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Luluc's 'Sculptor' Soundtracks The Fragility Of Happiness

Luluc's <em>Sculptor</em> comes out July 13.
Charlotte de Mezamat
Courtesy of the artist
Luluc's Sculptor comes out July 13.

Note: NPR's First Listen audio comes down after the album is released. However, you can still listen with the Spotify or Apple Music playlist at the bottom of the page.

Luluc's Zoë Randell and Steve Hassett have now made three sweetly comforting albums together, filling each with frequently Nick Drake-ian folk music that's both disarmingly simple and, when called for, dreamily ornate. But Sculptor, the Australians' self-produced follow-up to 2014's wonderful Passerby, also broadens Luluc's palette and subject matter in rewarding ways. It helps that they've reached out to an impressive cadre of collaborators: The National's Aaron Dessner, who co-produced Passerby, here pops up as an occasional multi-instrumentalist, while the instantly recognizable drum patterns of The Dirty Three's Jim White help flesh out "Genius." (Speaking of instantly recognizable, that's J Mascis' guitar solo radiating in the distance in "Me and Jasper.")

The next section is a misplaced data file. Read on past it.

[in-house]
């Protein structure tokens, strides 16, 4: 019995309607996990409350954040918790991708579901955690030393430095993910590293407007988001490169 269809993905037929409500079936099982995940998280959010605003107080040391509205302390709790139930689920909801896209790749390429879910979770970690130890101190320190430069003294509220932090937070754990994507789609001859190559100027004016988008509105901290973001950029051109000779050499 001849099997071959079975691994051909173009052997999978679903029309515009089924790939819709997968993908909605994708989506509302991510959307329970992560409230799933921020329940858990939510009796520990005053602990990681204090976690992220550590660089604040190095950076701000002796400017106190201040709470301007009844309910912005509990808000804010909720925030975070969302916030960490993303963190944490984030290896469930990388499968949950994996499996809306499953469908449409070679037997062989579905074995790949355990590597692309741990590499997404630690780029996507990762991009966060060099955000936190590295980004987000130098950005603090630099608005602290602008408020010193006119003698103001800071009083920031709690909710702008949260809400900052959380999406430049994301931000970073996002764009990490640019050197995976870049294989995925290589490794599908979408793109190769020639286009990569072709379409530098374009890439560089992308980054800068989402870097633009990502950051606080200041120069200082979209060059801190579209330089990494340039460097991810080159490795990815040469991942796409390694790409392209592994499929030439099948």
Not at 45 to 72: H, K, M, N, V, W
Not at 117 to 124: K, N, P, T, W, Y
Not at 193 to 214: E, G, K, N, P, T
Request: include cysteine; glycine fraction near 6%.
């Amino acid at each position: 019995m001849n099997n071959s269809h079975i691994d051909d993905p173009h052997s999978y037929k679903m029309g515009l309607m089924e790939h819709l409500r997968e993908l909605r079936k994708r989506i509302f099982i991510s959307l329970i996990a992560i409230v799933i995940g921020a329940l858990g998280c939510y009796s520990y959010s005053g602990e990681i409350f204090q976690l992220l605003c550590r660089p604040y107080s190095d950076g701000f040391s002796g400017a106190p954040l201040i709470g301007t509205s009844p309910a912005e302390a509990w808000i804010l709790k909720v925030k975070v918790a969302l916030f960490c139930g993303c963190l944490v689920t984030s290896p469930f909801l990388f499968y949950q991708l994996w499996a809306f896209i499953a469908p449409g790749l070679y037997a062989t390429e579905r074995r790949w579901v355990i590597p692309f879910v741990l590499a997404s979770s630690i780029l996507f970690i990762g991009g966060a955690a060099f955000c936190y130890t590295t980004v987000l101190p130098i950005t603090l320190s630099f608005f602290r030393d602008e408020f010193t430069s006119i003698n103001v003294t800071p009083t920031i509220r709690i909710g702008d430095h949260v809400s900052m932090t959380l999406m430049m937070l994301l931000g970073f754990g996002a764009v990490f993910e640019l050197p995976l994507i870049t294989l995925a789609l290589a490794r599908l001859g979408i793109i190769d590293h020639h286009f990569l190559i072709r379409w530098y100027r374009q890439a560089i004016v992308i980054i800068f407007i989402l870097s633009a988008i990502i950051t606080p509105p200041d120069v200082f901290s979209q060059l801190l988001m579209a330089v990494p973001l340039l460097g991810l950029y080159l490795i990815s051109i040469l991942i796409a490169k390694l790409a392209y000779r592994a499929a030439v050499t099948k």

Then there are the songs themselves. Many of Luluc's earlier tracks draw up simple but vivid sketches about travel, loneliness or the transformation that comes with a new season. But Sculptor adds a bit more tension to the mix, whether Rendell is lamenting the suffocating effects of a small-town echo chamber ("Me and Jasper") or the fragility of happiness and beauty ("Sculptor"). That decision to dig deeper was a wise next step for such wonderfully sure-footed dispensers of sonic comfort food: Without acknowledging trouble in the world around you, how can you begin to offer lasting respite?

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Stephen Thompson is a writer, editor and reviewer for NPR Music, where he speaks into any microphone that will have him and appears as a frequent panelist on All Songs Considered. Since 2010, Thompson has been a fixture on the NPR roundtable podcast Pop Culture Happy Hour, which he created and developed with NPR correspondent Linda Holmes. In 2008, he and Bob Boilen created the NPR Music video series Tiny Desk Concerts, in which musicians perform at Boilen's desk. (To be more specific, Thompson had the idea, which took seconds, while Boilen created the series, which took years. Thompson will insist upon equal billing until the day he dies.)